“A court (1) approves a compromise of, or the execution of a covenant not to sue on or a covenant not to enforce judgment on, a minor’s disputed claim, (2) approves a compromise of a pending action or proceeding to which a minor or person with a disability is a party, or (3) gives judgment for a minor or person with a disability” {Probate Code Section 3600(a).}The second prong of the test is

“The compromise, covenant, or judgment provides for the payment or delivery of money or other property for the benefit of the minor or person with a disability.” {Probate Code Section 3600(b).}The statutory scheme provides for several vehicles for managing and protecting the assets of a minor or person with a disability. One such vehicle is a special needs trust, which was used in both the Shewry and Herting cases. {See Probate Code Section 3604.}

The State’s Right to Reimbursement for Medicaid Dollars Spent on the First-Party Special Needs Trust Beneficiary’s Behalf Under a State Plan.

Once a special needs trust is established under this statutory scheme, the State’s Medicaid Plan has an interest in the trust remainder upon termination of the trust, to the extent the state plan provided medical assistance to the beneficiary of the court-established trust.

The Federal “Pay-Back” Language.

The federal law, referred to as OBRA ‘93 (the Omnibus Budget Reconciliation Act of 1993.), which is found at 42 U.S.C. § 1396p(d)(4)(A) states in relevant part:

“[the trust is only valid] if the State will receive all amounts remaining in the trust upon the death of such individual up to an amount equal to the total medical assistance paid on behalf of the individual under a State plan under this subchapter.”

California’s “Pay-Back” Language.

Probate Code Section 3605, concerns the Medicaid reimbursement, which states in relevant part:

“Notwithstanding any provision in the trust instrument, at the death of the special needs trust beneficiary or on termination of the trust, the trust property is subject to claims of the State Department of Health Care Services, the State Department of State Hospitals, the State Department of Developmental Services, and any county or city and county in this state to the extent authorized by law as if the trust property is owned by the beneficiary or is part of the beneficiary’s estate.” {Probate Code § 3605(b), emphasis added.}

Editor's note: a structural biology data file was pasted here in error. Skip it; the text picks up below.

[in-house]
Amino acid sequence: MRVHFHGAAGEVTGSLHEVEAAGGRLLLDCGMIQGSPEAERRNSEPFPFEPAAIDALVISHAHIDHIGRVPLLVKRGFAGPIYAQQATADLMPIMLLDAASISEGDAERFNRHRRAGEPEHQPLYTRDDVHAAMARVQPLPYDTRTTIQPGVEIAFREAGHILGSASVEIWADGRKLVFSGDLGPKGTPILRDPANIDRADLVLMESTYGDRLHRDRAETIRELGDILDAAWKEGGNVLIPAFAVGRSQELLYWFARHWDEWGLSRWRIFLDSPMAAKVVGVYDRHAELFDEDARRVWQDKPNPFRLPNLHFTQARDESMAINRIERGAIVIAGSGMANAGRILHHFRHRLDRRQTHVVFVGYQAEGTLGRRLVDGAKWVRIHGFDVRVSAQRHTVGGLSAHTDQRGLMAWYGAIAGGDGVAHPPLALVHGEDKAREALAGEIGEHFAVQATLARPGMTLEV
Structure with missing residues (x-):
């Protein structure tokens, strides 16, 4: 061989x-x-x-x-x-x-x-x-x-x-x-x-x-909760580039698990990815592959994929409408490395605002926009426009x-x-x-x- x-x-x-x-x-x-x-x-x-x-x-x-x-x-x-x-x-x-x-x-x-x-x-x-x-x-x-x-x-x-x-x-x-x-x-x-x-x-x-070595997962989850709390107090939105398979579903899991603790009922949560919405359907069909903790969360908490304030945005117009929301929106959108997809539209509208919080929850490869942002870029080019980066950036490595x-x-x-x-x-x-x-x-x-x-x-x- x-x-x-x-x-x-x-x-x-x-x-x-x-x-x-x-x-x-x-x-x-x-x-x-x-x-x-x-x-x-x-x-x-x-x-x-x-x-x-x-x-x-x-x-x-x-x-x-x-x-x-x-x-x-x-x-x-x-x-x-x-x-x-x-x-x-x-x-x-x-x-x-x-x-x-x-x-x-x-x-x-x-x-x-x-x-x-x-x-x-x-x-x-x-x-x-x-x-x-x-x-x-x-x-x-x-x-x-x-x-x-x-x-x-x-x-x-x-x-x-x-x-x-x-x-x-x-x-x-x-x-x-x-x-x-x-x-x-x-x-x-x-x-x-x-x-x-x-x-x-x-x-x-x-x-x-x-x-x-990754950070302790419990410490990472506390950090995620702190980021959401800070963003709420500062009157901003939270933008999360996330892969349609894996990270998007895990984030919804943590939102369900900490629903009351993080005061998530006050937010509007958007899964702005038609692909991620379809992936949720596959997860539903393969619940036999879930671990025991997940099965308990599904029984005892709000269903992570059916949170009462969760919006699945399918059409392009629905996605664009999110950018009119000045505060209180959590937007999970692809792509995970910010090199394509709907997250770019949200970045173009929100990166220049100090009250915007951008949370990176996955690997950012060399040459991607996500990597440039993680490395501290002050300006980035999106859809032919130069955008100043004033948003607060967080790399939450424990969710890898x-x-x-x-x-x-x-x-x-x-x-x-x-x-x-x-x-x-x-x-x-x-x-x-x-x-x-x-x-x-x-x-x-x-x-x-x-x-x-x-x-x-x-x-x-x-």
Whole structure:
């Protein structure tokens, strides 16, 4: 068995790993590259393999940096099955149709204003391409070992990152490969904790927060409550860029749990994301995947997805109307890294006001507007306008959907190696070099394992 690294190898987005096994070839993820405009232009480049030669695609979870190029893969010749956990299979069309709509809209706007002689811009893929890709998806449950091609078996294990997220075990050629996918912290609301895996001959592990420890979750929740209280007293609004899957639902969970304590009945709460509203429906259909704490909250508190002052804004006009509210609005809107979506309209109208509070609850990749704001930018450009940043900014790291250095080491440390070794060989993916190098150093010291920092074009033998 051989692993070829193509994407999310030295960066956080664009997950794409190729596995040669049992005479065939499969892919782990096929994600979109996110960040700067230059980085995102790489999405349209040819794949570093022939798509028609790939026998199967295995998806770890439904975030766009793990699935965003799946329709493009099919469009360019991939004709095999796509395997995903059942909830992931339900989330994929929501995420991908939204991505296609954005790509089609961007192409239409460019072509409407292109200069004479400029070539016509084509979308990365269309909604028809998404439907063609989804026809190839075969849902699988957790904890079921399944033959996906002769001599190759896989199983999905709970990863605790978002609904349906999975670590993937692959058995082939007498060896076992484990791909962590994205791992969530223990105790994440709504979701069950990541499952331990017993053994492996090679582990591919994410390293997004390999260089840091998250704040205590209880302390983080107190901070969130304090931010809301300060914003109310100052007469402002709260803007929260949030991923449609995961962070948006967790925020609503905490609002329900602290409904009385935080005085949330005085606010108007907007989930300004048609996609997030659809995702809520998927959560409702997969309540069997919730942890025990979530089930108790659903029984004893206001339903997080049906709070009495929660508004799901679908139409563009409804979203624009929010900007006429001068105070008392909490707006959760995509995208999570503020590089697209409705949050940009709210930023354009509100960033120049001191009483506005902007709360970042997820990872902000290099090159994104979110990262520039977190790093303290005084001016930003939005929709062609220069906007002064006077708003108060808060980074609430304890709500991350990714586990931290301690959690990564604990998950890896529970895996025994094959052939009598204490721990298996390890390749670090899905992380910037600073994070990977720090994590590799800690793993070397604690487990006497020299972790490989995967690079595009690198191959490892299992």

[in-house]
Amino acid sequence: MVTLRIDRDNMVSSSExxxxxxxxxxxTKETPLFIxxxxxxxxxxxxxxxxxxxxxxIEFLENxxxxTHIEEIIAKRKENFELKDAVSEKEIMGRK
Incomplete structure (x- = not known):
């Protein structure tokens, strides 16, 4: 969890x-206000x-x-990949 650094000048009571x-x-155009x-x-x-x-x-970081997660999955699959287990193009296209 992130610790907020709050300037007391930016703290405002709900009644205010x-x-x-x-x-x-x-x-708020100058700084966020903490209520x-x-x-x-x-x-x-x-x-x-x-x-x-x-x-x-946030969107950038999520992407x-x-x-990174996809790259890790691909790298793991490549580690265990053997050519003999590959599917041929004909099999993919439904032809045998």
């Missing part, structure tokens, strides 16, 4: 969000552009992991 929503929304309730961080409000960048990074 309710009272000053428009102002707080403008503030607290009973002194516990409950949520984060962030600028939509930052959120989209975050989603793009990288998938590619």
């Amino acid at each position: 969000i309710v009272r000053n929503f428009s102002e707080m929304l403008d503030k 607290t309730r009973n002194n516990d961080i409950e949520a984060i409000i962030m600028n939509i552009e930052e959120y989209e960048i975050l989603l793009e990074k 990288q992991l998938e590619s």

Back to the Original Question: Is There a Right to Reimbursement for Medical Assistance Paid on Behalf of the Beneficiary of a First-Party Special Needs Trust Under a State Plan?

Under the federal language, the answer appears to be an unqualified yes: “if the State will receive all amounts remaining in the trust. . . ” The remaining trust assets on the death of the trust beneficiary are to be repaid to the state, up to the amount of medical assistance provided to the trust beneficiary. 

But under California law, the answer is not so clear, as is apparent by two cases addressing the question but resulting in court orders that are in direct opposition to each other. The Shewry court interpreted California’s statute to treat the assets remaining on the beneficiary’s death, not as trust assets, but as a part of the beneficiary’s estate.

A beneficiary’s estate, or a decedent’s estate refers to a case where a probate is opened to probate a will, or probate the estate of someone who died without a will, i.e., intestate.

The Exclusions Available When a Medicaid Claim is Made Against a Decedent’s Estate.

The interpretation of state law found in Shewry and Herting have significant ramifications because certain exclusions, which the Herting court found not to be available in a claim against a trust, but the Shewry court found do apply because notwithstanding the trust, the matter is brought in the context of a decedent’s estate case, bar the State’s recovery rights in certain cases. 

For example, On the death of a Medicaid recipient, the state is barred from recovering from the estate of the decedent Medicaid recipient until after the death of the Medicaid recipient’s surviving spouse. Recovery is also barred, if the Medicaid recipient has a surviving child who is under age 21, or is blind or permanently and totally disabled. 42 U.S.C. § 1396p(b)(2)(A).

There is also an exception that bars the State Medicaid Plan’s recovery to the extent the decedent was under the age of 55 when the medical care was received.

See federal law, 42 U.S.C. § 1396p(b)(1)(B), and state law, Welfare and Institutions Code section 14009.5(b)(1).

With this brief overview of the law, later posts will consider both Shewry and Herting  in greater detail.